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5 tips on how to stay healthy while studying

Lots of students make the mistake of thinking that study is more important than your health.

Actually, all the research shows that health and brain function are interlinked. If you take care of your body, you’re definitely going to get better marks. It’s time to put away the junk food, step away from your desk and get smart about your brain and body health.


What are the 5 key ingredients to a healthy student lifestyle

 

1. Choosing a healthy place to study

We often don’t realise how much our environment affects our health. It’s not just a matter of having clean air to breathe and water to drink; it’s also about the way cities are designed, and what kind of infrastructure is available to you. Cycle routes, for example, are essential to a lifestyle that involves daily biking.

The Spotahome list of the world’s most healthy cities has just been released. This ranking was based on criteria like: annual sunshine hours, the rate of obesity, life expectancy, work-life balance, number of fast food outlets, air and water quality and annual holidays.

Amsterdam came in at #1, while our very own Perth made the top ten! Perth also came in at #1 for World’s Most Liveable City in 2016! With its beaches, cycling, warm climate and cheap, fresh produce, it’s easy to spend time outdoors, eat well and live a healthy life.

 

2. What you eat becomes a part of your brain!

Even when you have exams and you don’t have much time to think about food, it’s important to keep eating well and eating regularly. What you eat is ‘fuel’ for your brain, so you want to give it the very best you can.

Food needs to have vitamins, minerals, antioxidants and fibre to support your gut bacteria. Don’t just go for fast food because it’s easy; pick the healthiest options on your campus. Make sure you have a healthy breakfast every morning and try to avoid too much caffeine and sugar (easier said than done, we know!).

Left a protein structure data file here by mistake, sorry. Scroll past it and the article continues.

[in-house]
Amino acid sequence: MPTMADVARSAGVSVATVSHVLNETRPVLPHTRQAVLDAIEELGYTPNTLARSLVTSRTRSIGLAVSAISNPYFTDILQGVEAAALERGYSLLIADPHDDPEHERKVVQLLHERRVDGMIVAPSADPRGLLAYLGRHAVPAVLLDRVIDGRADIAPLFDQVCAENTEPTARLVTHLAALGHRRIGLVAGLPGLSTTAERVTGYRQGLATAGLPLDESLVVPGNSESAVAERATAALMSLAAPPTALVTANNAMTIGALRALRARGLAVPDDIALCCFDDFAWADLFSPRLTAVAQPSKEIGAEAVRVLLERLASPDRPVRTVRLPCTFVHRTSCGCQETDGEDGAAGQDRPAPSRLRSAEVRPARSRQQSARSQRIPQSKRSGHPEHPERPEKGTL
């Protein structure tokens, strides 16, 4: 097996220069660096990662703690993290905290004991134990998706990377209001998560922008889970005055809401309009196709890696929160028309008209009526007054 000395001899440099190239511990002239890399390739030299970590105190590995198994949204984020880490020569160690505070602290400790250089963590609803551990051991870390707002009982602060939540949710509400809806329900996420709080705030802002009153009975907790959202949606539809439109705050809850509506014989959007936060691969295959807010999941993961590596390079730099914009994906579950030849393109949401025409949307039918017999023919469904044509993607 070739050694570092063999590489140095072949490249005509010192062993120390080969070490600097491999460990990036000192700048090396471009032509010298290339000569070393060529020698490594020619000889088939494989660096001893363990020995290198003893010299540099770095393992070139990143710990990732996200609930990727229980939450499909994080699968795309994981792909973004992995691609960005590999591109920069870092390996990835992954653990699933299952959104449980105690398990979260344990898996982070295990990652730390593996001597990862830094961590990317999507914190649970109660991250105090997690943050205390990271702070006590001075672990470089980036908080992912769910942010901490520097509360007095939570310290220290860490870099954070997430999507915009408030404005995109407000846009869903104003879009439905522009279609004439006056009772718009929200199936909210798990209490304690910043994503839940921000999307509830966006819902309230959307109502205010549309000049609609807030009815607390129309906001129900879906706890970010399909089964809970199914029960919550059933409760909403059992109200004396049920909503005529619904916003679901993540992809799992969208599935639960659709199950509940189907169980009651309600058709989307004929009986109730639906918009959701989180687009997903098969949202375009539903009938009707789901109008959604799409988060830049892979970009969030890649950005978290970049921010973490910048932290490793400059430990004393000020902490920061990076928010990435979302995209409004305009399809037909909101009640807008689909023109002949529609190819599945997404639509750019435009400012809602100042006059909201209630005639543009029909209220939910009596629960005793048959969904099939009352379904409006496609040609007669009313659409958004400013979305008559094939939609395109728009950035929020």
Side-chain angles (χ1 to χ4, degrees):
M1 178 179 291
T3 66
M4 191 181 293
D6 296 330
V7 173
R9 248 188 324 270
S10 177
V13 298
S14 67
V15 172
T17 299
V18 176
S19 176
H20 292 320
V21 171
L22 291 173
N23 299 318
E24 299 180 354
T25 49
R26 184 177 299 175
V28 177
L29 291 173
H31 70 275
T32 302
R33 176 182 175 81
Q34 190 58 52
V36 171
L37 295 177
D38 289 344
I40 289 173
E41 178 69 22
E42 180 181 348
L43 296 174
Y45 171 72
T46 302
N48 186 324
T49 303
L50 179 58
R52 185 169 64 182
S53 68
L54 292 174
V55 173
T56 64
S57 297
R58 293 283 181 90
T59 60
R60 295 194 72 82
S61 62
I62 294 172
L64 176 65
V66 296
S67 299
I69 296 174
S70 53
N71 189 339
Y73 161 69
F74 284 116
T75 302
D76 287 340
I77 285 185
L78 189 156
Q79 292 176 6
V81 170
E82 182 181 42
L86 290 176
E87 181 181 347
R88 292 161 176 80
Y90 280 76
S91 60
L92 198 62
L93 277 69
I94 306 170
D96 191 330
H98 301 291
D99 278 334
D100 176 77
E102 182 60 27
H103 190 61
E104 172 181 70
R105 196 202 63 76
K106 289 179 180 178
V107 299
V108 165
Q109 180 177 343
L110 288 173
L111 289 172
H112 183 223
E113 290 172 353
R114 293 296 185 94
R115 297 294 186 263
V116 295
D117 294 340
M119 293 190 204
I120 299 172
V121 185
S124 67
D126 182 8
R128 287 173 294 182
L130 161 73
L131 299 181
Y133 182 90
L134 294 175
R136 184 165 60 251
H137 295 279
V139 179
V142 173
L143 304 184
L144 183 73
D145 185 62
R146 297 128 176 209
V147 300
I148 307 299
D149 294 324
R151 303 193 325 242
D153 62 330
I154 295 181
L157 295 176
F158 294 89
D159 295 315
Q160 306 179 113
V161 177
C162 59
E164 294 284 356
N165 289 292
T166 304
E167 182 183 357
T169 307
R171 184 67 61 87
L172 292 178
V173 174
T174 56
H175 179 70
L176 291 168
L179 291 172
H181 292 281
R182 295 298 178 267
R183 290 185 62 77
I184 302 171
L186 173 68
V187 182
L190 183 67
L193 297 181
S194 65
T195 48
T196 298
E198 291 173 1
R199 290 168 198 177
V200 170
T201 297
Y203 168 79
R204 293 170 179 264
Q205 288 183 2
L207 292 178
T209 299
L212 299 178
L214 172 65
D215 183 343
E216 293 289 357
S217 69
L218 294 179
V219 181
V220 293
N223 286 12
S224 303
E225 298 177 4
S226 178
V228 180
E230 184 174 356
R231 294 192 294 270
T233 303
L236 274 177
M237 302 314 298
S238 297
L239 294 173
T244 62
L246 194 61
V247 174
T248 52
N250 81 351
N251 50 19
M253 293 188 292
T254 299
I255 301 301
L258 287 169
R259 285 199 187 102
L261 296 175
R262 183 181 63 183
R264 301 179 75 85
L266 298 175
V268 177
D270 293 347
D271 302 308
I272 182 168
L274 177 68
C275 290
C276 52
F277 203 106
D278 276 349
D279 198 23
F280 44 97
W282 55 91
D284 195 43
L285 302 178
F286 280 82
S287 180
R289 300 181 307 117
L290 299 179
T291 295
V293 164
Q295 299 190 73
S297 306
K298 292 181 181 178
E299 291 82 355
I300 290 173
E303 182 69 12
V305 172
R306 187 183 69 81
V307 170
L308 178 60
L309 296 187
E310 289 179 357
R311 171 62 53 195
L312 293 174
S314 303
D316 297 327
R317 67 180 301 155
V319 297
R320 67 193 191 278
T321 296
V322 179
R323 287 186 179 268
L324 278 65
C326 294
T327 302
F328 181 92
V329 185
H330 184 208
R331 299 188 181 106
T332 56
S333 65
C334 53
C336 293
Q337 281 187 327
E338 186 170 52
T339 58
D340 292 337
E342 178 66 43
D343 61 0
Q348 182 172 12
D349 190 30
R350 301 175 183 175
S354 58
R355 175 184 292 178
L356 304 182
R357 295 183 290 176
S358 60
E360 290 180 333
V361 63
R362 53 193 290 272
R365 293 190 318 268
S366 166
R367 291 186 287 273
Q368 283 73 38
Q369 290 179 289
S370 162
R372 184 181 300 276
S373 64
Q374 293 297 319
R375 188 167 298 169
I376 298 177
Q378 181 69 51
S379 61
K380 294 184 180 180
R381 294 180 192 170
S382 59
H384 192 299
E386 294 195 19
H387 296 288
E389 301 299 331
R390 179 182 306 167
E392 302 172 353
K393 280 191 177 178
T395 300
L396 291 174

As a student, the good news is that eating healthy is actually the cheapest option. Buying fresh produce and cooking your own healthy meals at home saves you money. If you get yourself some lunch containers, you can take your food to school every day!

 

3. You can’t think if you can’t sleep

Have you ever tried listening in class when you stayed up the night before finishing an assignment? It’s impossible to concentrate or take in information without a good night’s rest.

Make sure you have a regular sleeping rhythm, and choose somewhere to live that’s not too noisy. If you’re sharing a room in student accommodation, some earplugs and a sleeping mask can be priceless.

 

4. Exercise helps you study

Not only does regular exercise help you sleep and prevent all sorts of diseases, it’s also linked to improved memory and brain function. Doctors recommend at least 150 minutes of medium level exercise per week, such as brisk walking.

The good news is that there are always lots of ways to have fun and exercise on campus. At MIT, you can access all the sporting facilities on the Murdoch University campus, including the gym, oval, and sports and social clubs. Time to work up a sweat!

 

5. Build a network of support

It’s just as important to take care of your mental health, as it is to take care of your body. Research shows that having an active social life is just as important as exercise for your brain and life expectancy.

Student life can be stressful. You’re juggling lots of different tasks and you can sometimes feel under pressure from exams and assignments.

Connecting with friends and other students and talking to each other about life’s ups and downs can be a big help. You can simply reach out to a friend or peer in your class, go out for a healthy juice and chat about whatever’s on your mind.

Most importantly, don’t forget to ask for help when you need it. At MIT, there is a range of different counselling and support services available for any students who are having a hard time.

 


Click the various links to read more about living in Perth, student support at MIT and campus facilities.

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